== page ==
US 20040087835 A1 Abstract This invention teaches further method improvements to forewarn of critical events via phase-space dissimilarity analysis of data from biomedical equipment, mechanical devices, and other physical processes. One improvement involves conversion of time-serial data into equiprobable symbols. A second improvement is a method to maximize the channel-consistent total-true rate of forewarning from a plurality of data channels over multiple data sets from the same patient or process. This total-true rate requires resolution of the forewarning indications into true positives, true negatives, false positives and false negatives. A third improvement is the use of various objective functions, as derived from the phase-space dissimilarity measures, to give the best forewarning indication. A fourth improvement uses various search strategies over the phase-space analysis parameters to maximize said objective functions. A fifth improvement shows the usefulness of the method for various biomedical and machine applications.
Claims(13) 1. A method for processing data to provide a forewarning of a critical event, comprising:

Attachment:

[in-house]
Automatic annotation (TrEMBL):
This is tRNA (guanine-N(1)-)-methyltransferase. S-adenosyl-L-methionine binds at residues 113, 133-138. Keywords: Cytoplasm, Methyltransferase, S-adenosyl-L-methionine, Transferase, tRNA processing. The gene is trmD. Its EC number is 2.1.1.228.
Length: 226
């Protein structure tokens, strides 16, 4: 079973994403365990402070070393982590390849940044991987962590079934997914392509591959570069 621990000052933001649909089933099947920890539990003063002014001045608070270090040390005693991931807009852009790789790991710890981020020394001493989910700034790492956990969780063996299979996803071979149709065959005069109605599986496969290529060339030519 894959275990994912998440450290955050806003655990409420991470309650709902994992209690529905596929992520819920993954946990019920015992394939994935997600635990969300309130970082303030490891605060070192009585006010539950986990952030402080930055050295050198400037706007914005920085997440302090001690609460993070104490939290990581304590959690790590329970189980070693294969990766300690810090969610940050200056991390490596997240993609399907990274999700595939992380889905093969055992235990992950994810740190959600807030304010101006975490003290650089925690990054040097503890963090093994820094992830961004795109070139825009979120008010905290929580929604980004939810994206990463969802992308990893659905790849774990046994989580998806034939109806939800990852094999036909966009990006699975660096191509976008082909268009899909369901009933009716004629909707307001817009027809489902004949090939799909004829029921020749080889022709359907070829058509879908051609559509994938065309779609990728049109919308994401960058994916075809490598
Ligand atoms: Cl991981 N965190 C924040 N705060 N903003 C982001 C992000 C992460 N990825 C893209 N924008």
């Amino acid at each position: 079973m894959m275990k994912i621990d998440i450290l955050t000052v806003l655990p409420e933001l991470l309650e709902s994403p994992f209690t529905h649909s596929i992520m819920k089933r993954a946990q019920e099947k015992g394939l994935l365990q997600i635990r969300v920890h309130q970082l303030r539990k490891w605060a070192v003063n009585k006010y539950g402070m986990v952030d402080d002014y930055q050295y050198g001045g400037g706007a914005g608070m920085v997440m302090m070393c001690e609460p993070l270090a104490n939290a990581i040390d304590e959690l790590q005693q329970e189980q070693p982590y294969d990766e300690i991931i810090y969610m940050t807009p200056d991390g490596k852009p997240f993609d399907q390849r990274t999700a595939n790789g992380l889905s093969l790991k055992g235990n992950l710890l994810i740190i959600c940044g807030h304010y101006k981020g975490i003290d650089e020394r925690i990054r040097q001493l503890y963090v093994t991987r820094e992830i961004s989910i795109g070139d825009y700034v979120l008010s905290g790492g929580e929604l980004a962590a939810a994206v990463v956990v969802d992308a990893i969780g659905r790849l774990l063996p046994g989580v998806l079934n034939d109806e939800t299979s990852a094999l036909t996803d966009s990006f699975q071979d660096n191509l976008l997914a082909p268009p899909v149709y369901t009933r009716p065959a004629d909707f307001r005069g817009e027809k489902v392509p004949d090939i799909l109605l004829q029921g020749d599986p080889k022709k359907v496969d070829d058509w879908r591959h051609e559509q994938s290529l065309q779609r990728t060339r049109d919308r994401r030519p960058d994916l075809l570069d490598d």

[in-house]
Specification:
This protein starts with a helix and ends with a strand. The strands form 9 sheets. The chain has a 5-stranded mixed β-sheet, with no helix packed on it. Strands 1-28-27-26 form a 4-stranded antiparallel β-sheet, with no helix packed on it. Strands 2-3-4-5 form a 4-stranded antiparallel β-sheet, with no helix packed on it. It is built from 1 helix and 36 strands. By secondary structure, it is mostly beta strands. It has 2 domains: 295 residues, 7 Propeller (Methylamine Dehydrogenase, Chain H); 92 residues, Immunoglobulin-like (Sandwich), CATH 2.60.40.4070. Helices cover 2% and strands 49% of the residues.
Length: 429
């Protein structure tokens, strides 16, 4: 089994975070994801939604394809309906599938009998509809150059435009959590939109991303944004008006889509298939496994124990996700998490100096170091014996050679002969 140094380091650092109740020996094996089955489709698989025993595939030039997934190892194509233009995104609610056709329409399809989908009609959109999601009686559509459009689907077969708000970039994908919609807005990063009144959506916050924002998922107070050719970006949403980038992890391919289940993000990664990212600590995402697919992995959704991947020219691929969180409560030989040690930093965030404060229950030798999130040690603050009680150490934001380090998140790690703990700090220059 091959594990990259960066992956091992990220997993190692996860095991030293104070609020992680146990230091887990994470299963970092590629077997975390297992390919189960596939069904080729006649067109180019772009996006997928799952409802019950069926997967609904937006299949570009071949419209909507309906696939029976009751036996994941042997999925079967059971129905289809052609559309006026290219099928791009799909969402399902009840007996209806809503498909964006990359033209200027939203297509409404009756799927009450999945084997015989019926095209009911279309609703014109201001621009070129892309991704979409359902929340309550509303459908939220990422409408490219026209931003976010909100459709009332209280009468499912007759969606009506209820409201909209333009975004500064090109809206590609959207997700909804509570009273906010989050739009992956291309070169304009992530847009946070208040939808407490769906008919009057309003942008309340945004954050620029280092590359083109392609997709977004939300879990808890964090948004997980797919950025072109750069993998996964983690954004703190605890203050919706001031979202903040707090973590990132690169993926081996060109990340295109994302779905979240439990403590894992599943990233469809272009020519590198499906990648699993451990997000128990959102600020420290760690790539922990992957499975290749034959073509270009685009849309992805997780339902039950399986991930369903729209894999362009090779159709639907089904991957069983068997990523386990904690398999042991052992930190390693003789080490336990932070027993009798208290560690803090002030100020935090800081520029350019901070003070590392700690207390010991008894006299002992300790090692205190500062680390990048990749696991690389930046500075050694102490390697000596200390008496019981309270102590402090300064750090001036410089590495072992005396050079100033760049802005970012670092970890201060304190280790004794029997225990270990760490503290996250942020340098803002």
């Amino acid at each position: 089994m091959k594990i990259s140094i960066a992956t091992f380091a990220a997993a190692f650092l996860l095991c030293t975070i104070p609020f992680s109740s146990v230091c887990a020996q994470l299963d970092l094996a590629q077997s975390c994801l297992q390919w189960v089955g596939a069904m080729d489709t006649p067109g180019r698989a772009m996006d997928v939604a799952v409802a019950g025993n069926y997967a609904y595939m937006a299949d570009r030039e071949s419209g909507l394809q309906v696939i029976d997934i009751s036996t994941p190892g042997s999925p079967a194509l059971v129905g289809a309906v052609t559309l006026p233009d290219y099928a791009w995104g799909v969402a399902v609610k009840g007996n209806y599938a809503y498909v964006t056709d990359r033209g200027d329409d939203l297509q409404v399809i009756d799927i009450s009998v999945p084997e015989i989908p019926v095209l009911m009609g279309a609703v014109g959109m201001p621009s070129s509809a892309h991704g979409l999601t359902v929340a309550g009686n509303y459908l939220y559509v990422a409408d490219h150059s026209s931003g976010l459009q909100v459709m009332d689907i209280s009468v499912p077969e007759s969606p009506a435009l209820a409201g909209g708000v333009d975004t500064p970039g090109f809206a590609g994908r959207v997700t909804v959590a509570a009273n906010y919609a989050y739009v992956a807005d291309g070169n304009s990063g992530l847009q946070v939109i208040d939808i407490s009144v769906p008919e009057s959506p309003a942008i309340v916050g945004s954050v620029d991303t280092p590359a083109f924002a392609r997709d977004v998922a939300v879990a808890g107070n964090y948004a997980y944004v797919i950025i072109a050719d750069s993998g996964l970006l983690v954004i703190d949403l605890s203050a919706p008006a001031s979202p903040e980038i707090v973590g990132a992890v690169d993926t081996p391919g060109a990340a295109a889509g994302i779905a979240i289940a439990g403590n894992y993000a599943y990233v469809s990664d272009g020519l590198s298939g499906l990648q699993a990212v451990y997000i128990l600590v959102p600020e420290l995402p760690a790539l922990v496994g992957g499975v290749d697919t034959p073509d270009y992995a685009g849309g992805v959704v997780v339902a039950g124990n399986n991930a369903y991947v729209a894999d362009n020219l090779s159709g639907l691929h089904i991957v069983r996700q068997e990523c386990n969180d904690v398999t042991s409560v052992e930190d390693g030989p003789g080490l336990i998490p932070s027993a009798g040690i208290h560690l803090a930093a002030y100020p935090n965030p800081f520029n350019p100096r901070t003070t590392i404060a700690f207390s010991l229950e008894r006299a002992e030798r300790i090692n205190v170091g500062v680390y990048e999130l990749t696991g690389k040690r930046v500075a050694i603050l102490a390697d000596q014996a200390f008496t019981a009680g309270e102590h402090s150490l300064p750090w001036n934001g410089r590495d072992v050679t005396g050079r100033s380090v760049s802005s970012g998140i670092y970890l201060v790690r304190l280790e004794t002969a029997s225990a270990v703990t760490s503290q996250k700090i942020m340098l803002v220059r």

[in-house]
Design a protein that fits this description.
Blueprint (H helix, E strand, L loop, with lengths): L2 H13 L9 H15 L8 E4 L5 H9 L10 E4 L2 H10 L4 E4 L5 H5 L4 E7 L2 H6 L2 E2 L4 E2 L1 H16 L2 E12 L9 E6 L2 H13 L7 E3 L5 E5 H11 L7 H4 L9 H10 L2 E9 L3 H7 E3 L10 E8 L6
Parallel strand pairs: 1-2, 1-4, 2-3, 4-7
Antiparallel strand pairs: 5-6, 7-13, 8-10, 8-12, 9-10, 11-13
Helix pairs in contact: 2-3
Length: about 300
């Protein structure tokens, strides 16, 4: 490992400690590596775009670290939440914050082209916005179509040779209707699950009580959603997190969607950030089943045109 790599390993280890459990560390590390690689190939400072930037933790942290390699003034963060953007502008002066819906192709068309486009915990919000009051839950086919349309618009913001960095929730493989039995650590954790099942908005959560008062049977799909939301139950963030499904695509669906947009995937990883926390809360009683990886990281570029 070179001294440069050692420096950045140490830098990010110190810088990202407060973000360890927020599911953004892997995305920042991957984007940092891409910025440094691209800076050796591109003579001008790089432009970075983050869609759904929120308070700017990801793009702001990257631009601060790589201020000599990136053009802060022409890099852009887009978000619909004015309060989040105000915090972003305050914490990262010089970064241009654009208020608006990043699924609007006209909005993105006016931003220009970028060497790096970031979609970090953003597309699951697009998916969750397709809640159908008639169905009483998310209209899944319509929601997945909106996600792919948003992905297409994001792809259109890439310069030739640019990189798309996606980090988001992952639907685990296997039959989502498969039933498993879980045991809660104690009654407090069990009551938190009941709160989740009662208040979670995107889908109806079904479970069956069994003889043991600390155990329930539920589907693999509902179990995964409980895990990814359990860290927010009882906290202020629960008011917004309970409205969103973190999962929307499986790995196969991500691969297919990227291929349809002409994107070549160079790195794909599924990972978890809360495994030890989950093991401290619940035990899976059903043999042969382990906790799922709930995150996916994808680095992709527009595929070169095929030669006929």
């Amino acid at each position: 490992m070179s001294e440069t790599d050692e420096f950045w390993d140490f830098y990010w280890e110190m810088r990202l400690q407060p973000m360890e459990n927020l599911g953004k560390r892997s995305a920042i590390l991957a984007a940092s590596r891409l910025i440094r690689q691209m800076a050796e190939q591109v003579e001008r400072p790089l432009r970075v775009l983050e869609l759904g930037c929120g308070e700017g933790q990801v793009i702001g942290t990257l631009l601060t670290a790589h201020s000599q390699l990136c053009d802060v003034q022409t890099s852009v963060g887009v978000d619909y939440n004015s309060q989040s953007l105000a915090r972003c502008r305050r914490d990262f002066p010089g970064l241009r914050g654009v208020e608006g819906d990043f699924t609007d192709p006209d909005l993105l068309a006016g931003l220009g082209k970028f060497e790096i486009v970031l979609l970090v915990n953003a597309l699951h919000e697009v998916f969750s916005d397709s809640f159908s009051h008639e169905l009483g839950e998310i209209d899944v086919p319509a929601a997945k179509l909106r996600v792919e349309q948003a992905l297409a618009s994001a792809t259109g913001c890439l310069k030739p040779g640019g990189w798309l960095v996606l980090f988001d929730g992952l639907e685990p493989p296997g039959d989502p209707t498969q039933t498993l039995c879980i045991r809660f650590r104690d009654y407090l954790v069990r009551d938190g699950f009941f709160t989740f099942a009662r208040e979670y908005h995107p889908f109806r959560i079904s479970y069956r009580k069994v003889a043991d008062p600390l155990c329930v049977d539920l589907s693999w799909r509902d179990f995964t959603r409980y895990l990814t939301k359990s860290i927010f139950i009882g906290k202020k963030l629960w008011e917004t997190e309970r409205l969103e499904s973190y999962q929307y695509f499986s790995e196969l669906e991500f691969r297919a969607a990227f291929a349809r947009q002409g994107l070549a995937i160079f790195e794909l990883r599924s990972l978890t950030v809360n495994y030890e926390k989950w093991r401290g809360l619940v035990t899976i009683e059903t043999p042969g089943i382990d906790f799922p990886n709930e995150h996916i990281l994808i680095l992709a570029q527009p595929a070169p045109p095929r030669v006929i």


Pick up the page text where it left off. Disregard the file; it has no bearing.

acquiring a plurality of sets of data with a plurality of channels of data for at least one test subject or process; computing a renormalized measure of dissimilarity for distribution functions derived from a connected phase space for each respective channel of data; comparing said renormalized measure of dissimilarity to a threshold (U _{C}) for a number of occurrences (N_{OCC}) to indicate a condition change in said renormalized measure of dissimilarity; detecting a simultaneous condition change in a plurality (N _{SIM}) of renormalized measures of dissimilarity to determine a forewarning of the critical event; determining true positive, true negative, false positive and false negative indications of condition change forewarning of the critical event for each channel of data in the plurality of sets of data; calculating a total true rate for forewarning indications for each channel of data; and comparing the total true rates for respective channels to determine at least one channel with the greatest channel-consistent total-true rate in said at least one channel. 2. The method of 3. The method of 4. The method of testing a plurality of parameters for each channel to determine optimum values for the parameters corresponding to a highest channel-consistent total-true rate for a respective channel; and setting the plurality of parameters to the optimum values for processing data from other channels of data. 5. The method of 6. The method of _{i}(TP_{i}+TN_{i})/Σ_{i}(TP_{i}+TN_{i}+FP_{i}+FN_{i}), where TP are true positives, TN are true negatives, FP are false positives and FN are false negative forewarning indications and wherein “i” is the data set number. 7. The method of _{i}, for the i-th data set; performing a least-squares analysis over a window of m points of the said composite measure to obtain a straight line, y_{i}=ai+b, that best fits said composite data in a least-squares sense; determining the variance, σ_{1} ^{2}=Σ_{i}, (y_{i}−C_{i})^{2}/(m−1), of said composite measure with respect to the straight line fit; obtaining the variance of a sequel window of n sequential points via the statistic, χ^{2}=Σ_{i}(y_{i}−C_{i})^{2}/σ_{1} ^{2}; comparing said value of χ^{2 }to the maximal value of the same statistic, χ^{2}(C_{i}) for a window of n sequential points from said C_{i }values; and determining the onset of a critical event, such as a machine failure, when χ^{2 }is significantly more than χ^{2}(C_{i}). 8. The method of selecting a set of parameter values (N, w, S, and d) for computing the measures of dissimilarity for distribution functions in connected phase space for the data sets to be processed; and searching over the values of the forewarning threshold (U _{C}) and a corresponding number of occurrences (N_{OCC}) for each channel to find the best channel for forewarning indication. 9. The method of 10. The method of a plurality of renormalized measures of dissimilarity are computed for distribution functions derived from a connected phase space for each respective channel of data; and wherein said plurality of renormalized measures of dissimilarity are compared to respective thresholds to indicate respective condition change forewarning of the critical event. 11. The method of a second plurality of renormalized measures of dissimilarity are also computed for distribution functions derived from an unconnected phase space for each respective channel of data; and wherein said second plurality of renormalized measures of dissimilarity are compared to respective thresholds to indicate respective condition change forewarning of the critical event. 12. The method of a plurality of renormalized measures of dissimilarity are computed for distribution functions derived from a connected phase space for each respective channel of data; wherein said renormalized measures of dissimilarity are summed to provide a composite measure of dissimilarity; and wherein said composite measure of dissimilarity is compared to a threshold to indicate a respective condition change forewarning of the critical event. 13. The method of computing a chi-squared statistic, χ ^{2}=Σ_{i}(y_{1}−C_{i})^{2}/σ_{1} ^{2}, for the composite dissimilarity measure; testing a plurality of parameters for each channel to determine optimum values for the parameters corresponding to a largest value of χ ^{2 }for a respective channel; and setting the plurality of parameters to the optimum values for processing data from other channels of data. Description [0001] This invention was made with assistance under Contract No. DE-AC05-00OR22725 with the U.S. Department of Energy. The Government has certain rights in this invention. [0002] The field of the invention is methods of computer analysis for forewarning of critical events, such as epileptic seizures in human medical patients, and mechanical failures in machines and other physical processes. [0003] Hively et al., U.S. Pat. Nos. 5,743,860 and 5,857,978 disclose methods for detecting and predicting epileptic seizures by acquiring brain wave data from a patient, and analyzing the data with traditional nonlinear methods. [0004] Many of the prior art methods of epileptic forewarning were based on intercranial electroencephalogram (EEG) data. The present invention can be practiced with EEG data obtained from sensors applied to the scalp of the patient. Prior advances using scalp EEG data removed artifacts with a zero-phase quadratic filter to permit analysis of single-channel scalp EEG data. Hively et al., U.S. Pat. No. 5,815,413, disclosed the use of phase space dissimilarity measures (PSDM) to forewarn of impending epileptic events from scalp EEG in ambulatory settings. Despite noise in scalp EEG data, PSDM has yielded superior performance over traditional nonlinear indicators, such as Kolmogorov entropy, Lyapunov exponents, and correlation dimension. However, a problem still exists in forewarning indicators, because false positives and false negatives may occur. [0005] Hively et al., U.S. Pat. No. 5,815,413, also discloses the applicability of nonlinear techniques to monitor machine conditions such as the condition of a drill bit or the performance of an electrical motor driving a pump. [0006] The present invention uses prior advances in the application of phase space dissimilarity measures to provide forewarning indications. In this method, a renormalized measure of dissimilarity, e.g., U(χ [0007] Forewarning indications are further resolved into true positives, true negatives, false positives and false negatives in multiple data sets taken from the same patient over multiple channels, where it is known whether the patients experienced biomedical events or did not experience such events. The results are then used to calculate a channel-consistent total true rate (f [0008] Forewarning indications are used to forewarn of critical events, such as various biomedical events. Typical biomedical events and sources of data include, but are not limited to, epileptic seizures from EEG, cardiac fibrillation from EKG, and breathing difficulty from lung sounds. [0009] The methods of the present invention also include determining a trend in renormalized measures, e.g., U(χ [0010] Typical machines include, but are not limited to, motors, pumps, turbines, and metal cutting. Typical time-serial machine data include, but are not limited to, electrical current, voltage, and power; position, velocity, and acceleration; and temperature and pressure. Other physical processes capable of being monitored by sensors can also be observed to forewarn of malfunctions or failures. [0011] In the present invention, the data can also be analyzed to determine values for specific parameters that maximize the total true rate for one or more respective channels. [0012] A further aspect of the invention enhances techniques by utilizing equiprobable symbols for computing the distribution functions from a connected or unconnected phase space. [0013] Other objects and advantages of the invention, besides those discussed above, will be apparent to those of ordinary skill in the art from the description of the preferred embodiments, which follows. In the description reference is made to the accompanying drawings, which form a part hereof, and which illustrate examples of the invention. Such examples, however are not exhaustive of the various embodiments of the invention, and therefore reference is made to the claims, which follow the description for determining the scope of the invention. [0019] In a first embodiment of the present invention, a database of forty (40) data sets were collected, each with at least one electrographic temporal lobe (TL) event, as well as twenty (20) data sets without epileptic events, as controls. Data sets were obtained from forty-one (41) different patients with ages between 4 and 57 years. This data included multiple data sets from eleven (11) patients (for a total of 30 events), which were used for the channel consistency analysis. Such data can be collected (for example) with a 32-channel EEG instrument (Nicolet-BMSI, Madison, Wis.) with 19 scalp electrodes in the International [0020] The following description incorporates the methods first disclosed in Hively, U.S. patent application Ser. No. 09/520,693, filed Mar. 7, 2000 and now pending. To the extent that the methods of the present invention build upon the methods disclosed there, the disclosure of that application is hereby incorporated by reference. [0021] In the present invention, eye blink artifacts from scalp EEG are removed with a zero-phase quadratic filter is more efficient than conventional linear filters. This filter uses a moving window of data points, e [0022] Next, each next artifact-filtered value is converted into a symbolized form, s 0≦ [0023] The function INT converts a decimal number to the closest lower integer; g [0024] Phase-space (PS) construction uses time-delay vectors, y(i)=[s [0025] Here, the summations run over all of the populated phase space cells. These measures account for changes in the geometry, shape, and visitation frequency of the attractor, and are somewhat complementary. The χ [0026] The connected PS is constructed by connecting successive PS points as prescribed by the underlying dynamics, y(i)→y(i+1). Thus, a discrete representation of the process flow is obtained in the form of a 2d-dimensional vector, Y(i)=[y(i), y(i+1)], that is formed by adjoining two successive vectors from the d-dimensional reconstructed PS. Y(i) is a vector for the connected phase space (CPS). As before, Q and R denote the CPS distribution functions for the base case and test case, respectively. The measure of dissimilarity between the two distribution functions for the CPS, signified by the “c” subscript are thus defined as follows: [0027] The first subscript in Eqs. (4)-(5) denotes the initial PS point, and the second subscript denotes the sequel PS point in the PS pair. These CPS measures have higher discriminating power than unconnected PS measures of dissimilarity. Indeed the measures defined in Eqs. (4)-(5) satisfy the following inequalities: χ [0028] To assure robustness, the construction of the base case data requires careful statistics to eliminate outlier base case cutsets. The first B non-overlapping windows of N points (cutsets) for each dataset become the base case cutsets. A few of these base case cutsets can be very atypical causing a severe bias in the detection of condition change. The base case cutsets are tested for outliers as follows. A comparison of the B(B−1)/2 unique pairs among the B base case cutsets via Eqs. (2)-(5) yields dissimilarities, from which we obtain an average, [0029] The disparate range and variability of these measures are difficult to interpret for noisy EEG, so a consistent method of comparison is needed. To this end, the dissimilarity measures are renormalized, as described below. The B non-outlier base case cutsets are compared to each test case cutset, to obtain the corresponding average dissimilarity value, V [0030] Once the renormalized measures for the test and base cases have been obtained, a threshold, U [0031] According to the present invention, and as illustrated in FIG. 1, N [0032] FP=false positive=forewarning at any time, when no event occurs, or forewarning with T [0033] TP=true positive=forewarning with T [0034] TN=true negative=no forewarning, when no event occurs; and [0035] FN=false negative=no forewarning for t≦T [0036] The i-th dataset is referred to as TP if at least one channel shows forewarning within the desired window, T [0037] Improvement in the channel-consistent total-true rate is carried out by maximizing an objective function that measures the total true rate for any one channel, as well as channel consistency. For this analysis, 30 data sets were used from 11 different patients with multiple data sets as follows: 7 patients with 2 data sets, one patient with 3 data sets, 2 patients with 4 data sets, and one patient with data sets. To quantify channel consistency, the following notation and definitions are used: [0038] i=dataset number; [0039] j=channel number in which forewarning is determined (1≦j≦19); [0040] k=patient number; [0041] M(k)=number of data sets for the k-th patient; [0042] P=number of patients with multiple data sets (eleven for the present analysis); [0043] TN [0044] TP [0045] The total-true rate for the j-th channel of the k-th patient is T [0046] The channel-consistent total-true rate is the average, f [0047]FIGS. 2 [0048]FIG. 2 [0049] The above results show that a substantial improvement in the rate of channel-consistent total trues (f [0050] The best choice of the parameter set for analyzing the dissimilarity measures for each channel, (e.g., N, w, S, d, B, N [0051] Besides epileptic seizures, the above methods can be applied to detect condition change in patients having cardiac or breathing difficulties. [0052] The above methods can also be applied to electric motor predictive maintenance, other machinery, and physical processes. In the second example, data sets were recorded in snapshots of 1.5 seconds, sampled at 40 kHz ( [0053] The test sequence began with the motor running in its nominal state (first dataset), followed by progressively more severe broken rotor bars. The second dataset involved a simulated failure that was one rotor bar cross section cut through by 50%. The third dataset was for the same rotor bar now cut through 100%. The fourth dataset was for a second rotor bar cut 100%, exactly 180° from and in addition to the first rotor fault. The fifth dataset was for two additional rotor bars cut adjacent to the first rotor bar, with one bar cut on each side of the original, yielding four bars completely open. These five datasets were concatenated into a single long dataset for ease of analysis. The three-phase voltages, V [0054] The PS reconstruction parameters were systematically varied, as before, to obtain the most linear increase in the logarithm of condition change, in a least-squares sense, for the broken-rotor test sequence. FIG. 3 shows that the phase-space dissimilarity measures rise by ten-fold over the test sequence. The parameters are: S=88 (number of equiprobable phase-space symbols), d=4 (number of phase-space dimensions), λ=31 (time delay lag in time steps), and w=550 (half width of the artifact filter window in time steps). The exponential rise in the severity of the broken-rotor faults (doubling from 0.5 to 1.0 to 2.0 to 4.0) is mirrored in FIGS. 3 [0055] The present invention not only responds to the problem of false positives and false negatives in forewarning of events from biomedical data, but also is also applicable to forewarning of machine failures and even failures in other physical processes capable of being measured through sensors and transducers. [0056] A third example involves tri-axial acceleration data from a motor connected to a mechanical load via a gearbox. Application of excess load causes accelerated failure of the gears. The data were obtained at ten-minute intervals through the test sequence, sampled at 102.4 kHz. The total amount of data was 4.5 GB (three accelerometer channels, times 401 snapshots for a total of 1203 files). The 100,000 data points were serially concatenated from each of the data files into a single three-channel dataset for ease of analysis (1.6 GB). Each 100,000-point snapshot was divided into ten 10,000-point subsets for this analysis; the results were then averaged over these ten cutsets to obtain a typical value for the entire snapshot. The accelerometer data shows quasi-periodic, complex, nonlinear features. [0057] The use of tri-axial acceleration has an important advantage, which can be explained as follows. Acceleration is a three-dimensional vector that can be integrated once in time to give velocity (vector). Mass times acceleration (vector) is force (vector). The vector dot-product of force and velocity is power (scalar). Thus, three-dimensional acceleration data can be converted directly into a scalar power (within a proportionality constant), which captures the relevant dynamics and has more information about the process than any single accelerometer channel. The resulting accelerometer power also has very complex, nonlinear features. [0058]FIG. 4 shows a systematic rise in a composite PS dissimilarity of accelerometer power as the test progresses, with an additional abrupt rise at the onset of failure, which occurs at dataset # [0059] 1) Construct a composite measure, C [0060] 2) Fit C [0061] 3) Obtain the variance, σ [0062] 4) Determine the statistic, χ [0063] 5) Maximize the value of χ [0064] The variance, σ [0065] The statistic, χ [0066] The fourth and final example used the same overloaded gearbox test bed, as in the third example. A separate test sequence acquired load torque that was sampled at 1 kHz. Each ten-second dataset had 10,000 data points, all of which were concatenated serially into a single data file for ease of analysis. These data are quasi-periodic with complex, nonlinear features. The analysis parameters were varied, as described above, to obtain phase-space dissimilarity measures that remain below a threshold for datasets # [0067] This has been a description of detailed examples of the invention. These examples illustrate the technical improvements, as taught in the present invention: use of equiprobable symbols, quantitification of channel-consistent total-true rate of forewarning, various objective functions for event forewarning, different search strategies to maximize these objective functions, and forewarning of various biomedical events and failures in machines and physical processes. Typical biomedical events and data include, but are not limited to, epileptic seizures from EEG, cardiac fibrillation from EKG, and breathing difficulty from lung sounds. Typical machines include, but are not limited to, motors, pumps, turbines, and metal cutting. Typical time-serial machine data include, but are not limited to, electrical current, voltage, and power; position, velocity, and acceleration; and temperature and pressure. It will apparent to those of ordinary skill in the art that certain modifications might be made without departing from the scope of the invention, which is defined by the following claims. [0014]FIG. 1 is a graph of renormalized dissimilarity as a function of forewarning time (t) for determining true positive (TP), true negative (TN), false positive (FP) and false negative (FN) forewarning indications. [0015]FIGS. 2 [0016]FIGS. 3 [0017]FIG. 4 is a plot of the composite PS dissimilarity measure, C [0018]FIG. 5 is a plot of the maximum value of the χ Referenced by